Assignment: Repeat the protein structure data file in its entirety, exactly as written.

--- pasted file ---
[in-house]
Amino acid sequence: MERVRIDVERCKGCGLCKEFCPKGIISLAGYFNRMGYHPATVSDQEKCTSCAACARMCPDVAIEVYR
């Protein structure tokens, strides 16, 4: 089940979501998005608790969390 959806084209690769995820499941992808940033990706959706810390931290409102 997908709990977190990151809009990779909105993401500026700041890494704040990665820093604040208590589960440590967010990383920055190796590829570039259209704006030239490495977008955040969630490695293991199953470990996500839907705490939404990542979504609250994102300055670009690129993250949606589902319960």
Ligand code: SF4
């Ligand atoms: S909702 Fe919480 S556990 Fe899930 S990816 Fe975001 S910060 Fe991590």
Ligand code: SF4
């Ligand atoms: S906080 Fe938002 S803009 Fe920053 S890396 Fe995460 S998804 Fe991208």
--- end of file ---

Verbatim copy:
[in-house]
Amino acid sequence: MERVRIDVERCKGCGLCKEFCPKGIISLAGYFNRMGYHPATVSDQEKCTSCAACARMCPDVAIEVYR
């Protein structure tokens, strides 16, 4: 089940979501998005608790969390 959806084209690769995820499941992808940033990706959706810390931290409102 997908709990977190990151809009990779909105993401500026700041890494704040990665820093604040208590589960440590967010990383920055190796590829570039259209704006030239490495977008955040969630490695293991199953470990996500839907705490939404990542979504609250994102300055670009690129993250949606589902319960």
Ligand code: SF4
């Ligand atoms: S909702 Fe919480 S556990 Fe899930 S990816 Fe975001 S910060 Fe991590």
Ligand code: SF4
């Ligand atoms: S906080 Fe938002 S803009 Fe920053 S890396 Fe995460 S998804 Fe991208």